Black Walnut
Juglans nigra
Family Juglandaceae

* Leaves opposite compound, 12-24", with 7-17 toothed, narrow leaflets. The single end leaflet is usually absent. Crushed leaves have a spicy aroma.
* Bark dark, not shiny, with deep grooves.
* Nuts large, in a spherical husk.
* Flowers catkins.
* Height: 70-100'.

Natural History:
* Flowers April - June.
* Fruits October - November.
* Habitat: Woodlands.
* Range: Eastern North America.
* Native.

* Black walnut is highly valued for its beauty, strength, durability, and ease of working. It is made into veneers, cabinets, and gunstocks, among other things. Unfortunately, the value placed on the trees has resulted in their near extermination in some parts of North America.

* An old black walnut tree can yield up to 90,000 square feet of 1/28" thick wood veneer, which is used to decorate furniture. The veneer is prized because of the beautiful and intricate patterns, resembling feathers and flames, in the wood's grain.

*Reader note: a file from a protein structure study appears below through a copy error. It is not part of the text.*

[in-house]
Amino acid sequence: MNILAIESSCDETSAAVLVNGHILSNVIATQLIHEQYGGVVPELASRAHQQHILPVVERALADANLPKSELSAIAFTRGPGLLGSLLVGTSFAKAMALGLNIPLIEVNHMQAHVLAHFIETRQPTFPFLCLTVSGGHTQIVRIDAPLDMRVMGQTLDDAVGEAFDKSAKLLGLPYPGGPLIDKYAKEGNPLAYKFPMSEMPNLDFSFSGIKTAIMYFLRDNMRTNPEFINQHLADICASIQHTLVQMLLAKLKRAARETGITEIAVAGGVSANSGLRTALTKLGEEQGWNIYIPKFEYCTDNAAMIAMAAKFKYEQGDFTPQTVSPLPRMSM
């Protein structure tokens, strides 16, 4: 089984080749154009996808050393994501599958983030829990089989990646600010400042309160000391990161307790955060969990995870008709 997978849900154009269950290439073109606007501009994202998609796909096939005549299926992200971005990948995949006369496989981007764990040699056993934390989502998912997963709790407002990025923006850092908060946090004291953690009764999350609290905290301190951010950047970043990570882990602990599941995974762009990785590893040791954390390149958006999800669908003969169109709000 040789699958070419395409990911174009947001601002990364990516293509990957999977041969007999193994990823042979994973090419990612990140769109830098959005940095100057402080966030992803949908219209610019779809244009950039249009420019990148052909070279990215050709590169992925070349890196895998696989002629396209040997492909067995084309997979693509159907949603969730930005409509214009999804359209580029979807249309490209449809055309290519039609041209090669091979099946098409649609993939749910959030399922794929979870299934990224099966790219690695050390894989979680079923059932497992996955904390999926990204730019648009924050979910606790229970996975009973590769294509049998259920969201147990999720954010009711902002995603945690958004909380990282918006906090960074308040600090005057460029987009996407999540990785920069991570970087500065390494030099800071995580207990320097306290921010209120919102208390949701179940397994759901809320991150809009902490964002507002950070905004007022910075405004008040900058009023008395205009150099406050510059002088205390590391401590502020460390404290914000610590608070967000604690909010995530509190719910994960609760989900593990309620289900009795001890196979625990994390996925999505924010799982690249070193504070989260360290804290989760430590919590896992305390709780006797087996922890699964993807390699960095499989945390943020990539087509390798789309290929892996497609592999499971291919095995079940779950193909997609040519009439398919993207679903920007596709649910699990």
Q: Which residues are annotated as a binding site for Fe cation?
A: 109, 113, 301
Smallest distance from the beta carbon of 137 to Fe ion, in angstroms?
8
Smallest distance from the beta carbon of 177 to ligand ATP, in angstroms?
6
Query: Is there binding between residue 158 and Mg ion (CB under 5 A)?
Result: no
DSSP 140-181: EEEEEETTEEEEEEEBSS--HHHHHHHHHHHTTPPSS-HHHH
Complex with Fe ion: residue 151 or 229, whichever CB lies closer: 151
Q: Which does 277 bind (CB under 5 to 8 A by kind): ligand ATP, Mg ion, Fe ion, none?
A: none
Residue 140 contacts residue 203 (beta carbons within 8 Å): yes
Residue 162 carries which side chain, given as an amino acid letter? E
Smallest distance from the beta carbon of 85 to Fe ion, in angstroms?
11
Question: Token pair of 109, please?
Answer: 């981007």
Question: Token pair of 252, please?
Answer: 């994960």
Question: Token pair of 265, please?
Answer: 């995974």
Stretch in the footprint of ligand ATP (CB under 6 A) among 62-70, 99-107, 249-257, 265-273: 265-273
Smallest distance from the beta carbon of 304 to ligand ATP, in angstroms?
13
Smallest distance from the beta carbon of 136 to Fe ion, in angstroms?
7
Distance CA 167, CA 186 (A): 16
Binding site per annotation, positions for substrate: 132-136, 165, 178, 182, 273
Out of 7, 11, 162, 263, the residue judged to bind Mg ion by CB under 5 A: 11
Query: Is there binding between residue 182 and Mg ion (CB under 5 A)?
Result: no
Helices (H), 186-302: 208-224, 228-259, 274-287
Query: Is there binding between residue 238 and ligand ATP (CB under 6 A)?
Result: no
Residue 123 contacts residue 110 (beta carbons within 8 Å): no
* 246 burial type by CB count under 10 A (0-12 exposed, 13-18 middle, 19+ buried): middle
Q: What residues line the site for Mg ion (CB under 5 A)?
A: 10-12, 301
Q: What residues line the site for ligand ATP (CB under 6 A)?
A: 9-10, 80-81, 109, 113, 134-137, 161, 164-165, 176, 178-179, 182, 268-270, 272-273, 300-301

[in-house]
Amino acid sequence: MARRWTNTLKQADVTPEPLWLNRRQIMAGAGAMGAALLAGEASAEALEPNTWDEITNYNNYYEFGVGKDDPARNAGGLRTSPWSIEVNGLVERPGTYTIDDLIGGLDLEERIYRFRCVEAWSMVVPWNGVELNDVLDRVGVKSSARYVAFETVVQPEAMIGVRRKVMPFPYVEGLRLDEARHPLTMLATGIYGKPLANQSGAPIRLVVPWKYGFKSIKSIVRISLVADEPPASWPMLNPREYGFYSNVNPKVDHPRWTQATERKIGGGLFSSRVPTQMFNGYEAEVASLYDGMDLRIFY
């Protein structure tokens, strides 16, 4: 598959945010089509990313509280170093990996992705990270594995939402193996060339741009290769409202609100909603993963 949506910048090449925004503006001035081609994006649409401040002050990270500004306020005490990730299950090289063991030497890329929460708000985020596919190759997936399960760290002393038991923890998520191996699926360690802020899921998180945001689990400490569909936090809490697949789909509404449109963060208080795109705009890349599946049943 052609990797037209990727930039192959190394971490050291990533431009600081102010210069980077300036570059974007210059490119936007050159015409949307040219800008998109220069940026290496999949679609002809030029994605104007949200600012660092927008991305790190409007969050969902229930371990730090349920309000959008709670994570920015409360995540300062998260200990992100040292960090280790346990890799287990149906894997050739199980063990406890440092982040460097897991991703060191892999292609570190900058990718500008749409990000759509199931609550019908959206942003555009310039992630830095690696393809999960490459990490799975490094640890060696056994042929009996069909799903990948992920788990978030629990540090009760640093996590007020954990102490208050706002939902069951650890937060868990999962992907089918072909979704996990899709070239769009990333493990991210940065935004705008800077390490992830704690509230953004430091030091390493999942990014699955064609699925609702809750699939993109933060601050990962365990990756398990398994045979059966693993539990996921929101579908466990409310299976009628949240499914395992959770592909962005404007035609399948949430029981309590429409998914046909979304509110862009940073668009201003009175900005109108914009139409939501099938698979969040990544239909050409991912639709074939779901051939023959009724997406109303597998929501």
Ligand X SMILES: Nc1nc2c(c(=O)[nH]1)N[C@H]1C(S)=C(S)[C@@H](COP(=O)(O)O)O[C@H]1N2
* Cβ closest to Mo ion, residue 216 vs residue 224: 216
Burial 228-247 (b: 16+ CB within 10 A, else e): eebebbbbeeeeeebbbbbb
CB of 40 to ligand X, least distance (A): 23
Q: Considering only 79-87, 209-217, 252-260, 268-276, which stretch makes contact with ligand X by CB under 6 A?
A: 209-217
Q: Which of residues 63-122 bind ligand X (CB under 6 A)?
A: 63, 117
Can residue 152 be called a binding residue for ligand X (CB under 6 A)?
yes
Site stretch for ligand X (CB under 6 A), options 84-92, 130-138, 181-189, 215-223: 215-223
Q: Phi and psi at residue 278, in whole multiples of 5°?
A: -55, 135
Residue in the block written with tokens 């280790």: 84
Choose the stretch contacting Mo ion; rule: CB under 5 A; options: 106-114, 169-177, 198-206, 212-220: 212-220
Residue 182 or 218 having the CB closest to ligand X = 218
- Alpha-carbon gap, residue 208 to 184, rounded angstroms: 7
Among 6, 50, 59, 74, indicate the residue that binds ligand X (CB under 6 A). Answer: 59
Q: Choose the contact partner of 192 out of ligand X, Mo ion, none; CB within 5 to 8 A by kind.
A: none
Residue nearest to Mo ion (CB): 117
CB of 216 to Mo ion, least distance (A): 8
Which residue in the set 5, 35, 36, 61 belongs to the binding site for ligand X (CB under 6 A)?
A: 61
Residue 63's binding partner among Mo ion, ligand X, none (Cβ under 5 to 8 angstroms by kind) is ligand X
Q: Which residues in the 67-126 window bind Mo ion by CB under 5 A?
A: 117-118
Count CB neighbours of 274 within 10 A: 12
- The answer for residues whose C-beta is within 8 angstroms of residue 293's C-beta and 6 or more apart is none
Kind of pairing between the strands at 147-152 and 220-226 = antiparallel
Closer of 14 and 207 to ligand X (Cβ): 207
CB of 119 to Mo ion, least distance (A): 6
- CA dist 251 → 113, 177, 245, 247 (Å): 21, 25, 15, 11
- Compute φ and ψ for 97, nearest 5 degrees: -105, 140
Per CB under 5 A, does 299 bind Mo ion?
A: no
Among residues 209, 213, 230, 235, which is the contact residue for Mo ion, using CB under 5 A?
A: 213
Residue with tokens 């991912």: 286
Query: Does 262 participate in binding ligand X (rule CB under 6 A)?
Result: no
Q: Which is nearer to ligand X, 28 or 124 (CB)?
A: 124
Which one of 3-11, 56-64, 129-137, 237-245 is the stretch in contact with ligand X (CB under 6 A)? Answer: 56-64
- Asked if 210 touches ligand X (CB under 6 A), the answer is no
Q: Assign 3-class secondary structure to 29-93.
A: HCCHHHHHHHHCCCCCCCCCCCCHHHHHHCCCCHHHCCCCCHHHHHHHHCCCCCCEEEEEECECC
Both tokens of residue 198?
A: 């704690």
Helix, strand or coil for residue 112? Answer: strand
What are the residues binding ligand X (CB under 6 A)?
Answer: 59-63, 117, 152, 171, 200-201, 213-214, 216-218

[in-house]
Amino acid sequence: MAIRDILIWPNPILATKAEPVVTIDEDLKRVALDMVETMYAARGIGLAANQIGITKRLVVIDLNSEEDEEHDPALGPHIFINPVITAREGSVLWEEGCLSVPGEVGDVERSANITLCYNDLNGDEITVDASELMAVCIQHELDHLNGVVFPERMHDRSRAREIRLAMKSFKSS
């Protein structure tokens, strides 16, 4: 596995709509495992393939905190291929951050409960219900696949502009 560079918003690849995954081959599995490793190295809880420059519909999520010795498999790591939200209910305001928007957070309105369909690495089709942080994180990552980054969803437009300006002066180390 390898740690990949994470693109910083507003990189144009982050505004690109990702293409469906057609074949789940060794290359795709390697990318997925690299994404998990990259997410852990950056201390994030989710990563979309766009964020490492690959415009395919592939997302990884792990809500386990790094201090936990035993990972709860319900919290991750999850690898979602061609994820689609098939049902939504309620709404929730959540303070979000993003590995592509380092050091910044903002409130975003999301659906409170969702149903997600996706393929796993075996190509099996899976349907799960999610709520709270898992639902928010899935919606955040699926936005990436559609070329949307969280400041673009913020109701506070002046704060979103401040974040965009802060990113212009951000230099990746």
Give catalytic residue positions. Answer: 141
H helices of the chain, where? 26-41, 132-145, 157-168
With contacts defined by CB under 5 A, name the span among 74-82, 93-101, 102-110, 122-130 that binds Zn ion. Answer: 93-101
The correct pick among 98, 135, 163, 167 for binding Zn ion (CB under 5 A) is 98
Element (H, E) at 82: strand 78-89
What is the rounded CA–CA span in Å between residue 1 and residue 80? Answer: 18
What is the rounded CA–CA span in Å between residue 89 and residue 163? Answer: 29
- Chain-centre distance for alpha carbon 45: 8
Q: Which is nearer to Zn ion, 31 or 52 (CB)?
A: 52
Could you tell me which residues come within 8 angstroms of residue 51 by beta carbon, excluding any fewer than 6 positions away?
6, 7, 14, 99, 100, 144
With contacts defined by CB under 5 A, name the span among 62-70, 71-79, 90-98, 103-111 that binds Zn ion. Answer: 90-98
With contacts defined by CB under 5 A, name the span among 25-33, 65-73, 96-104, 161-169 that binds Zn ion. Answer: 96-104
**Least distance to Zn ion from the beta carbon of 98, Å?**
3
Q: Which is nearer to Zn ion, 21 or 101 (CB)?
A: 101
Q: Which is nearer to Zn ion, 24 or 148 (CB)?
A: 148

* Black walnut husks contain toxins and were once used to kill fish...until that illustrious practice became illegal. The toxins are so powerful that tomatoes, apples, and some other species cannot grow near large black walnut trees.


Created by: Allaire Diamond and Jiasuey Hsu
Maintained by: Nick Rodenhouse
Created: July 31, 1998
Last Modified: November 21, 2008